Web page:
Neurology and COVID-19: instant practice adaptation with little data for guidance

Coronavirus disease 2019 (COVID-19), caused by the severe acute respiratory syndrome coronavirus 2 (SARS-CoV-2), has taken the world by storm. The global medical system has been overwhelmed by the rapidity of the virus’ spread and its severity. Although it primarily affects the respiratory system, COVID-19 can also impact patients with neurologic conditions.

What role does telehealth medicine play in the outpatient care of MS patients?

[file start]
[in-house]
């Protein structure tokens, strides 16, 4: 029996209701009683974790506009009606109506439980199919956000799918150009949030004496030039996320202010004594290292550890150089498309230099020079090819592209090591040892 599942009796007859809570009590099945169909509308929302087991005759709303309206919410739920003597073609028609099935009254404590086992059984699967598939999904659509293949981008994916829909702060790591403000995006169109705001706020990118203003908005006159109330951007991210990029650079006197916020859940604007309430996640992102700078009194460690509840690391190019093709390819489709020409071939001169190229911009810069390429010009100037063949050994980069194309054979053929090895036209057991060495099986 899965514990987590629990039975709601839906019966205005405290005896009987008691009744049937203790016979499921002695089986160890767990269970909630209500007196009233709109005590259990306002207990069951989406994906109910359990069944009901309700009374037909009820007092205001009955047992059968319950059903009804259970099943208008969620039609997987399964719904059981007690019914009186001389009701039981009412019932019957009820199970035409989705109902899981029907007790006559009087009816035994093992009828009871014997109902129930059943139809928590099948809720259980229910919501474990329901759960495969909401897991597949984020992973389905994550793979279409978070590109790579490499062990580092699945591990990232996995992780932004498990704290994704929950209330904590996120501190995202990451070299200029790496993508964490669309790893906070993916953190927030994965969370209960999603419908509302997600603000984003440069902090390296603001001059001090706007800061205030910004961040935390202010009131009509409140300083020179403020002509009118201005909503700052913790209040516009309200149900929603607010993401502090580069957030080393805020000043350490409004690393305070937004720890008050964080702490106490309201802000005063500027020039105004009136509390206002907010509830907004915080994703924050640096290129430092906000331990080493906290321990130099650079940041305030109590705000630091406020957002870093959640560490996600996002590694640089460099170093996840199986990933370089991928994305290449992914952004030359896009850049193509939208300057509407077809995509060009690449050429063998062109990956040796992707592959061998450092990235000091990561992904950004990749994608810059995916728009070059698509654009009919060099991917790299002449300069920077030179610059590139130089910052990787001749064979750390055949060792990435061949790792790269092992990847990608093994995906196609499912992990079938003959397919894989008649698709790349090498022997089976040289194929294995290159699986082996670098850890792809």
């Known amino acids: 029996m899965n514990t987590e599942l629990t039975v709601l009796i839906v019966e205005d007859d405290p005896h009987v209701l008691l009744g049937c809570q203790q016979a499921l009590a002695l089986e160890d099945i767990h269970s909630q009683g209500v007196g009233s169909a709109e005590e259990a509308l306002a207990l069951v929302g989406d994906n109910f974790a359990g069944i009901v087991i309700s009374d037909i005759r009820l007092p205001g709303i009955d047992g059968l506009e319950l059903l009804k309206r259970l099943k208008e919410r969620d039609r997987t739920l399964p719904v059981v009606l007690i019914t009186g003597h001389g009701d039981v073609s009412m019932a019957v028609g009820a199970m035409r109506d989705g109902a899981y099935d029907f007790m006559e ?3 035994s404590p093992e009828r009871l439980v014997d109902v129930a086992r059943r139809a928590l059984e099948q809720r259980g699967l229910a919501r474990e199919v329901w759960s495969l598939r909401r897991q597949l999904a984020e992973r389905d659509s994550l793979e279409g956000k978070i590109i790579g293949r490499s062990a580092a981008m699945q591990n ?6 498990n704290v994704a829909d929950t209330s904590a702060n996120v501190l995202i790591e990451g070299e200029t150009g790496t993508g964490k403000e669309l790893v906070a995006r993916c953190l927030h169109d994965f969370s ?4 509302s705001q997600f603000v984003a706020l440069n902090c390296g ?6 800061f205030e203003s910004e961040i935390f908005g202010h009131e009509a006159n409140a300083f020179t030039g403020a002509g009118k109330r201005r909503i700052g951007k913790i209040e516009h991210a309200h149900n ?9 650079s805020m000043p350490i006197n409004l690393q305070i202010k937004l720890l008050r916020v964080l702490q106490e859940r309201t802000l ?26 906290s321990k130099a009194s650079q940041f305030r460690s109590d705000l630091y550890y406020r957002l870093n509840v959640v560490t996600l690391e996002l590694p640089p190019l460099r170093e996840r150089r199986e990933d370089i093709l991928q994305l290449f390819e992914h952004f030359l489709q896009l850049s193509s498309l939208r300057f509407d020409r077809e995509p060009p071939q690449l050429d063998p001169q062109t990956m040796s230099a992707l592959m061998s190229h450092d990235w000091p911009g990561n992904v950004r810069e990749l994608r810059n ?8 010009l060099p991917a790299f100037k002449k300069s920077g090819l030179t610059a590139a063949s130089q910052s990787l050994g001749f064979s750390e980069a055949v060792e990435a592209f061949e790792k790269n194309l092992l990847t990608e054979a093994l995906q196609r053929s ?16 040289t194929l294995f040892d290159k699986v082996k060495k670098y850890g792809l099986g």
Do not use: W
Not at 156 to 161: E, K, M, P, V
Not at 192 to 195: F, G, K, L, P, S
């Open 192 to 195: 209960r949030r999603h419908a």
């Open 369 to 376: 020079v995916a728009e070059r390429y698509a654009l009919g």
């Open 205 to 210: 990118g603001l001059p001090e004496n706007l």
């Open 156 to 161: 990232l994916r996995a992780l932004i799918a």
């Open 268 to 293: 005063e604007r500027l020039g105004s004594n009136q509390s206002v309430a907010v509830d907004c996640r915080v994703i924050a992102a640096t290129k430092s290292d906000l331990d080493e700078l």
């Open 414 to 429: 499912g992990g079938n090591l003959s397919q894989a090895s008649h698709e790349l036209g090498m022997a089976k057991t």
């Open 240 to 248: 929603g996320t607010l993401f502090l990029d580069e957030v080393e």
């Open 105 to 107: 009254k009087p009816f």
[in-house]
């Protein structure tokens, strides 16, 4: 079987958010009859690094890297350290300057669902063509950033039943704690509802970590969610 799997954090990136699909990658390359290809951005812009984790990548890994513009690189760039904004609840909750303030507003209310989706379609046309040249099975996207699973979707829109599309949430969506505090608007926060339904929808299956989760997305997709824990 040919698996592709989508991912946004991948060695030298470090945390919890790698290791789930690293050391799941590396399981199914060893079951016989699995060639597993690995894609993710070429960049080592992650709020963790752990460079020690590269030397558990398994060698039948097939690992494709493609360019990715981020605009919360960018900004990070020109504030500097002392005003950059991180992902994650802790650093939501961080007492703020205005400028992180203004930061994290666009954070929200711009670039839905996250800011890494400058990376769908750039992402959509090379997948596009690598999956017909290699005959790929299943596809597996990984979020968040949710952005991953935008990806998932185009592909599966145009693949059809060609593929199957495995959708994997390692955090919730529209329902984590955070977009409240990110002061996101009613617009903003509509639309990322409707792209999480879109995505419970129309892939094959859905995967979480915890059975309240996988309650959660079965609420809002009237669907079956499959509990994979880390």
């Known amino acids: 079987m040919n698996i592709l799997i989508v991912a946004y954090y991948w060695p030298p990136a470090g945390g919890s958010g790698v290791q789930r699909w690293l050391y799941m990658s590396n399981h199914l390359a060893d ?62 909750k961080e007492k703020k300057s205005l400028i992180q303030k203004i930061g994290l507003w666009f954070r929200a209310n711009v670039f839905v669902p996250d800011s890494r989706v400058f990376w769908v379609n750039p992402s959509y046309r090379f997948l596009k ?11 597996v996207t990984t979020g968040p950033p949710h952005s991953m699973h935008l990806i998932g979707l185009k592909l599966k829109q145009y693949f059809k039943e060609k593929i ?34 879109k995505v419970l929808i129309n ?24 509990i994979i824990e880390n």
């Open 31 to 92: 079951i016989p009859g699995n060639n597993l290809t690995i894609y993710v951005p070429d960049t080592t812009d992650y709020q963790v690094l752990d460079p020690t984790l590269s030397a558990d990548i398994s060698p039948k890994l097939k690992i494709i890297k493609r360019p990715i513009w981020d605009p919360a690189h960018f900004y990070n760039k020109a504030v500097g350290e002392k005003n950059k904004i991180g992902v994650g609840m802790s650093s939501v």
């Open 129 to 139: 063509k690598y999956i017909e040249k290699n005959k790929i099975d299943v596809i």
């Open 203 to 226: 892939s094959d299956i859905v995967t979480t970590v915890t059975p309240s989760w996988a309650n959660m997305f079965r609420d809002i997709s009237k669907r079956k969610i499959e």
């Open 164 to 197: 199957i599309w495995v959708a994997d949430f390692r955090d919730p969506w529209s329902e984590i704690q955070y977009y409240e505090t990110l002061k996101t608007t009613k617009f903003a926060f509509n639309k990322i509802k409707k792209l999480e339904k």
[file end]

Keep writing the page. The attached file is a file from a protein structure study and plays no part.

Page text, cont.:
The concept of “social distancing” has become synonymous with COVID-19 and is being applied to neurology outpatient clinics, too. Risk of infection from clinic visits is reduced to zero when patients use a smartphone or tablet in their home or workplace. Neurologic disorders are particularly well-suited for telehealth medicine; examination is important when making an initial diagnosis, but for most conditions, it becomes much less crucial during follow-up visits for established disease. As a result, effective follow-up visits can be conducted virtually (online), but both providers and patients are required to have access to equivalent platforms. Previously, telehealth required HIPAA-compliant platforms, which included Zoom for Healthcare, Skype for Business, MyChart through Epic, and Updox. These platforms can be expensive for healthcare organizations to license and operate and also require training for providers and patients. In response to the COVID-19 crisis, on March 19, 2020, the US Department of Health & Human Services announced “enforcement discretion” and stated that it will not impose penalties for noncompliance with HIPAA regulatory requirements. It specifically allowed providers to use Apple FaceTime, Facebook Messenger video chat, Google Hangouts video chat, and Skype video chat to conduct telehealth visits. At the Cleveland Clinic, all providers were strongly encouraged to shift outpatient visits from in-person to virtual visits. By March 20, more than 90% of outpatient visits at the Mellen Center for Multiple Sclerosis were being conducted virtually, and all open future outpatient visits at the center had been converted to virtual visits. Telehealth platforms sometimes had insufficient bandwidth, so plain telephone was used as a fallback.